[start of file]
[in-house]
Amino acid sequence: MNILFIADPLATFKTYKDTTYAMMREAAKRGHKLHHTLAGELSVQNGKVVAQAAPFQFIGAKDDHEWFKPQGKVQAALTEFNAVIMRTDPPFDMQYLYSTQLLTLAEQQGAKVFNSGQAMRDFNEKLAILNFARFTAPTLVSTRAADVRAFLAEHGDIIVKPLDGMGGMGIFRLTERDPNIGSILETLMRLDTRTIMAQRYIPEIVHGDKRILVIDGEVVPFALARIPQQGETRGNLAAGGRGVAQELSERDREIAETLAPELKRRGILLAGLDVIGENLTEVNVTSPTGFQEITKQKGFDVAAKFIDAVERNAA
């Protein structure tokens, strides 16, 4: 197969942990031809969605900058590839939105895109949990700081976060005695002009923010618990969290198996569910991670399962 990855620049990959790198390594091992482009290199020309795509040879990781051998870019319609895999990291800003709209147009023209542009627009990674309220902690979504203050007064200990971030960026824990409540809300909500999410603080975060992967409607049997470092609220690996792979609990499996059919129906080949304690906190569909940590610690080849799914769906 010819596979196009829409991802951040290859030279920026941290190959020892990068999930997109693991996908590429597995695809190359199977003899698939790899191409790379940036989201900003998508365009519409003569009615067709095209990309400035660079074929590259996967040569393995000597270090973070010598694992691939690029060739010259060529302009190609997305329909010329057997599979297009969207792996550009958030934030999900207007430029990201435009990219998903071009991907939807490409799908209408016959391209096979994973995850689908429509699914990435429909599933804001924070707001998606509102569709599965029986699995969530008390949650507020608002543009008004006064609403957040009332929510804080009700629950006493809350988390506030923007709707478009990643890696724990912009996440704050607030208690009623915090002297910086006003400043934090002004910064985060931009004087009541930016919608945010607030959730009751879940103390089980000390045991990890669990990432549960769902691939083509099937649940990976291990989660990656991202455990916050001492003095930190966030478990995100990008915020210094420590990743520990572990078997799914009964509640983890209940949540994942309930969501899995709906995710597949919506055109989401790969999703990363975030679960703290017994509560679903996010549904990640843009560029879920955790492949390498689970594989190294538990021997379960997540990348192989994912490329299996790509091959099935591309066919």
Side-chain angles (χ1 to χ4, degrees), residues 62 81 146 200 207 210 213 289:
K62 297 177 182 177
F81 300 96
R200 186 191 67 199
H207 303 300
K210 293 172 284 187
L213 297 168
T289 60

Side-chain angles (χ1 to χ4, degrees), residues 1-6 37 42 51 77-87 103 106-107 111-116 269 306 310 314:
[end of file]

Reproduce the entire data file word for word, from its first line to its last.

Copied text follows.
[in-house]
Amino acid sequence: MNILFIADPLATFKTYKDTTYAMMREAAKRGHKLHHTLAGELSVQNGKVVAQAAPFQFIGAKDDHEWFKPQGKVQAALTEFNAVIMRTDPPFDMQYLYSTQLLTLAEQQGAKVFNSGQAMRDFNEKLAILNFARFTAPTLVSTRAADVRAFLAEHGDIIVKPLDGMGGMGIFRLTERDPNIGSILETLMRLDTRTIMAQRYIPEIVHGDKRILVIDGEVVPFALARIPQQGETRGNLAAGGRGVAQELSERDREIAETLAPELKRRGILLAGLDVIGENLTEVNVTSPTGFQEITKQKGFDVAAKFIDAVERNAA
């Protein structure tokens, strides 16, 4: 197969942990031809969605900058590839939105895109949990700081976060005695002009923010618990969290198996569910991670399962 990855620049990959790198390594091992482009290199020309795509040879990781051998870019319609895999990291800003709209147009023209542009627009990674309220902690979504203050007064200990971030960026824990409540809300909500999410603080975060992967409607049997470092609220690996792979609990499996059919129906080949304690906190569909940590610690080849799914769906 010819596979196009829409991802951040290859030279920026941290190959020892990068999930997109693991996908590429597995695809190359199977003899698939790899191409790379940036989201900003998508365009519409003569009615067709095209990309400035660079074929590259996967040569393995000597270090973070010598694992691939690029060739010259060529302009190609997305329909010329057997599979297009969207792996550009958030934030999900207007430029990201435009990219998903071009991907939807490409799908209408016959391209096979994973995850689908429509699914990435429909599933804001924070707001998606509102569709599965029986699995969530008390949650507020608002543009008004006064609403957040009332929510804080009700629950006493809350988390506030923007709707478009990643890696724990912009996440704050607030208690009623915090002297910086006003400043934090002004910064985060931009004087009541930016919608945010607030959730009751879940103390089980000390045991990890669990990432549960769902691939083509099937649940990976291990989660990656991202455990916050001492003095930190966030478990995100990008915020210094420590990743520990572990078997799914009964509640983890209940949540994942309930969501899995709906995710597949919506055109989401790969999703990363975030679960703290017994509560679903996010549904990640843009560029879920955790492949390498689970594989190294538990021997379960997540990348192989994912490329299996790509091959099935591309066919």
Side-chain angles (χ1 to χ4, degrees), residues 62 81 146 200 207 210 213 289:
K62 297 177 182 177
F81 300 96
R200 186 191 67 199
H207 303 300
K210 293 172 284 187
L213 297 168
T289 60

Side-chain angles (χ1 to χ4, degrees), residues 1-6 37 42 51 77-87 103 106-107 111-116 269 306 310 314: